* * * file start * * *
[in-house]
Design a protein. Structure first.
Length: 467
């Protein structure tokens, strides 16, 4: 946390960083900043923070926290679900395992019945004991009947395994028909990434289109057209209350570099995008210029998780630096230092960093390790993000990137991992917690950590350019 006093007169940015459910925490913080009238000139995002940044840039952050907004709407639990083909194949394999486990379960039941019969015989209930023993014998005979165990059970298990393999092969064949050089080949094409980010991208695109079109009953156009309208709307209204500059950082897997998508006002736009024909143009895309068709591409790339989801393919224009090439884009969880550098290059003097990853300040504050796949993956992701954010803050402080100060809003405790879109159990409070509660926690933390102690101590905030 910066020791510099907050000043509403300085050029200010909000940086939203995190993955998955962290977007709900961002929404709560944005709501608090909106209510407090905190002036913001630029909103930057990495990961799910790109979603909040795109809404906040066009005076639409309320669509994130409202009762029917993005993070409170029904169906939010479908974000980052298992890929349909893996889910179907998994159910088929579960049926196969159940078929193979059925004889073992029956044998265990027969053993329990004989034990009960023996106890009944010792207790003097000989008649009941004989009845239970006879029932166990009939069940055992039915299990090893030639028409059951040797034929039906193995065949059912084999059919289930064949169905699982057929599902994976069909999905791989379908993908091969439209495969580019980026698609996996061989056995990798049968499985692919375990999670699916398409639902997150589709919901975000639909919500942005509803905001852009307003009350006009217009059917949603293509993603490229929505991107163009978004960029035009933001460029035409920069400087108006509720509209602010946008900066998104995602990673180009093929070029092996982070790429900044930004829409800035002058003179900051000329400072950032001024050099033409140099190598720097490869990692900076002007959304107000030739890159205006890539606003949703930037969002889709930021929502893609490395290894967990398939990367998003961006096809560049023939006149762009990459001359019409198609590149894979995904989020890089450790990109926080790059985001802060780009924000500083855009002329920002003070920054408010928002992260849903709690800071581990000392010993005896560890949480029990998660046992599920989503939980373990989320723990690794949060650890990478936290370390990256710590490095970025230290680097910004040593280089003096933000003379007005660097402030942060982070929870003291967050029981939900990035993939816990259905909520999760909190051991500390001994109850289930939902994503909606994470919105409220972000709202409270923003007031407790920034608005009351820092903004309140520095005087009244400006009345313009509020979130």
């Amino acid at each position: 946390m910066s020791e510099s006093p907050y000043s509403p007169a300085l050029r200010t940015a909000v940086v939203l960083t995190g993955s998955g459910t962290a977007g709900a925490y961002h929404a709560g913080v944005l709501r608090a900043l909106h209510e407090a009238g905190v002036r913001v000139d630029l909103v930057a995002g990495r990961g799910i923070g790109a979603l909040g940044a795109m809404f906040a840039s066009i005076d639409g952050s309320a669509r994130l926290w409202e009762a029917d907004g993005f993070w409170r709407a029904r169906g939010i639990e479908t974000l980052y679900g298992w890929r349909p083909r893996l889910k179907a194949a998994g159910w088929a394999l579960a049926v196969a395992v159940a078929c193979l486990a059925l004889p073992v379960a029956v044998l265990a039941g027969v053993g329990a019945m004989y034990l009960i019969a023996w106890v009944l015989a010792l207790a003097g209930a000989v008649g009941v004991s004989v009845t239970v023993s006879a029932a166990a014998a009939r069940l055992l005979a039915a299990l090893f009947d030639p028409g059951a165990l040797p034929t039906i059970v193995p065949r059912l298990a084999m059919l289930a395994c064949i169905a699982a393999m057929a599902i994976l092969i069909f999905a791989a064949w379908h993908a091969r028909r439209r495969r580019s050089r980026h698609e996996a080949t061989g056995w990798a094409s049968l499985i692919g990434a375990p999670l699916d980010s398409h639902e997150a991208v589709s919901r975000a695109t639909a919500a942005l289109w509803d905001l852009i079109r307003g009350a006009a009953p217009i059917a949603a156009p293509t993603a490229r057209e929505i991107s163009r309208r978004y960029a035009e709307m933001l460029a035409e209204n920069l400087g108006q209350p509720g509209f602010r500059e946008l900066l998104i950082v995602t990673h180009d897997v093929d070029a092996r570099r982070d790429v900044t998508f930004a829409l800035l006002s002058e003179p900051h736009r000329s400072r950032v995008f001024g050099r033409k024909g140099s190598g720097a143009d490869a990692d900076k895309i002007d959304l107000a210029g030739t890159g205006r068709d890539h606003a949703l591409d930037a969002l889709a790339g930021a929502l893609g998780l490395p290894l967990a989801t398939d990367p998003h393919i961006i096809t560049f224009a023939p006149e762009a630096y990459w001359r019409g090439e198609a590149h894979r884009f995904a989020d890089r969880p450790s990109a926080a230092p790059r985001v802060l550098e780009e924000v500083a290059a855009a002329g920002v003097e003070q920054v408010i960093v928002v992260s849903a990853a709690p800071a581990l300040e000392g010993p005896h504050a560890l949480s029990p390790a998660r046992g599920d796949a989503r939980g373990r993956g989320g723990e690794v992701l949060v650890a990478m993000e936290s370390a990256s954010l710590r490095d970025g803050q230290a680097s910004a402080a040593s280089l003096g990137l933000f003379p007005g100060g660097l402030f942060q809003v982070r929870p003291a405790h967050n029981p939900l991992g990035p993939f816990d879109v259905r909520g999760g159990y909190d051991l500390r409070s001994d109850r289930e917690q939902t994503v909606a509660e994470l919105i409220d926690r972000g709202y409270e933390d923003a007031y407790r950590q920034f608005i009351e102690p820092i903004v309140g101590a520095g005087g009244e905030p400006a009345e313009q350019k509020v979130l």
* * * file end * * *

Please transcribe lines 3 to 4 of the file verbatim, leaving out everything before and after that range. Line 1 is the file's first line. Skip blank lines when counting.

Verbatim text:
Length: 467
């Protein structure tokens, strides 16, 4: 946390960083900043923070926290679900395992019945004991009947395994028909990434289109057209209350570099995008210029998780630096230092960093390790993000990137991992917690950590350019 006093007169940015459910925490913080009238000139995002940044840039952050907004709407639990083909194949394999486990379960039941019969015989209930023993014998005979165990059970298990393999092969064949050089080949094409980010991208695109079109009953156009309208709307209204500059950082897997998508006002736009024909143009895309068709591409790339989801393919224009090439884009969880550098290059003097990853300040504050796949993956992701954010803050402080100060809003405790879109159990409070509660926690933390102690101590905030 910066020791510099907050000043509403300085050029200010909000940086939203995190993955998955962290977007709900961002929404709560944005709501608090909106209510407090905190002036913001630029909103930057990495990961799910790109979603909040795109809404906040066009005076639409309320669509994130409202009762029917993005993070409170029904169906939010479908974000980052298992890929349909893996889910179907998994159910088929579960049926196969159940078929193979059925004889073992029956044998265990027969053993329990004989034990009960023996106890009944010792207790003097000989008649009941004989009845239970006879029932166990009939069940055992039915299990090893030639028409059951040797034929039906193995065949059912084999059919289930064949169905699982057929599902994976069909999905791989379908993908091969439209495969580019980026698609996996061989056995990798049968499985692919375990999670699916398409639902997150589709919901975000639909919500942005509803905001852009307003009350006009217009059917949603293509993603490229929505991107163009978004960029035009933001460029035409920069400087108006509720509209602010946008900066998104995602990673180009093929070029092996982070790429900044930004829409800035002058003179900051000329400072950032001024050099033409140099190598720097490869990692900076002007959304107000030739890159205006890539606003949703930037969002889709930021929502893609490395290894967990398939990367998003961006096809560049023939006149762009990459001359019409198609590149894979995904989020890089450790990109926080790059985001802060780009924000500083855009002329920002003070920054408010928002992260849903709690800071581990000392010993005896560890949480029990998660046992599920989503939980373990989320723990690794949060650890990478936290370390990256710590490095970025230290680097910004040593280089003096933000003379007005660097402030942060982070929870003291967050029981939900990035993939816990259905909520999760909190051991500390001994109850289930939902994503909606994470919105409220972000709202409270923003007031407790920034608005009351820092903004309140520095005087009244400006009345313009509020979130």